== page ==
English is an immersive language. There are many grammatical rules to follow to become an effective writer and a coherent speaker. One such important part of speech is the conjunction. A conjunction joins phrases, clauses, and other parts of a sentence.
Conjunctions are of three types – correlative, coordinating, and subordinating. Among these, the correlative conjunctions are always used in pairs. They usually relate two different possibilities in a sentence.
Coordinating vs Subordinating Conjunction
The main difference between coordinating and subordinating conjunction is that a coordinating junction joins two grammatically equivalent clauses, whereas a subordinating conjunction joins an independent and a dependent clause.
Coordinating conjunctions join phrases and clauses that are mutually independent of each other. Examples of the coordinating conjunctions are – and, yet, and but.
Subordinating conjunctions join one independent and other dependent phrase or clause. Some examples of subordinating conjunction are – although and because.
Comparison Table Between Coordinating and Subordinating Conjunction (in Tabular Form)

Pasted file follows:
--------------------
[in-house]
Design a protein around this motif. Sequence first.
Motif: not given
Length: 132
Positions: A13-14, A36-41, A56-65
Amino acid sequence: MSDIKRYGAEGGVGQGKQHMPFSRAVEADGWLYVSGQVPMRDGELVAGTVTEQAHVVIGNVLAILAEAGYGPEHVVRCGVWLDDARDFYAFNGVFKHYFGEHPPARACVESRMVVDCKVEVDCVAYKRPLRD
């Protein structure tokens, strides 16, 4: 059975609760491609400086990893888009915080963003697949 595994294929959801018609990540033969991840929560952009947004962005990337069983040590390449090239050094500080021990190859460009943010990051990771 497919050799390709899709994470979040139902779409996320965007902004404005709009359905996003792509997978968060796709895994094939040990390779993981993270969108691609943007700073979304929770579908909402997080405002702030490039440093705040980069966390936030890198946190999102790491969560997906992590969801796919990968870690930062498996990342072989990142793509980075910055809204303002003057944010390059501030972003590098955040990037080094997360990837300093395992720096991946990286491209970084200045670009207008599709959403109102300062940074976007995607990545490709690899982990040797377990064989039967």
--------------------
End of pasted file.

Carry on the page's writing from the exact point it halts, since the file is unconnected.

|Parameter Of Comparison||Coordinating Conjunction||Subordinating Conjunction|
|Definition||Coordinating conjunctions are used to join two equivalent clauses or words.||Subordinating conjunctions are used to join two clauses or words that are not grammatically equivalent.|
|Type of Sentence||Coordinating conjunctions join two parts of a sentence, to make it a compound one.||Subordinating conjunctions join two parts of a sentence, to make it a complex one.|
|Identity of Joint Clauses||The clauses are capable of independent existence.||The main clause is capable of independent existence, while the subordinate clause is not.|
|Position within the Sentence||Coordinating conjunctions are generally placed between the clauses they join.||Subordinating conjunctions are generally placed at the beginning of the subordinate clause.|
|Examples||Examples of coordinating conjunctions are and, or, but and yet.||Examples of subordinating conjunctions are because, although and unless.|
What is Coordinating Conjunction?
A coordinating conjunction joins words, phrases, or clauses that are syntactically and equivalent. So, there exists only a main clause and no dependent clause. When we join two clauses using a coordinating conjunction, a compound sentence is formed. These conjunctions can be placed in between the clauses or at the beginning of a sentence.
The general structure of the sentence is :
Main Clause + coordinating conjunction + Main clause
Coordinating conjunctions are seven in number. These are – and, or, nor, for, yet, but and so.
- Robert and Davis are heading towards the market.
- You can download the form from the site or fetch it from a kiosk.
- I am driving fast, but I don’t think that I will be able to reach on time.
- He was an enemy, yet I gave him water when he was dying.
However, one should keep the following rules in mind while using a coordinating conjunction :
- Do not use a comma between the words joined using the coordinating conjunction.
- Remember to use a comma to separate independent clauses in the sentence.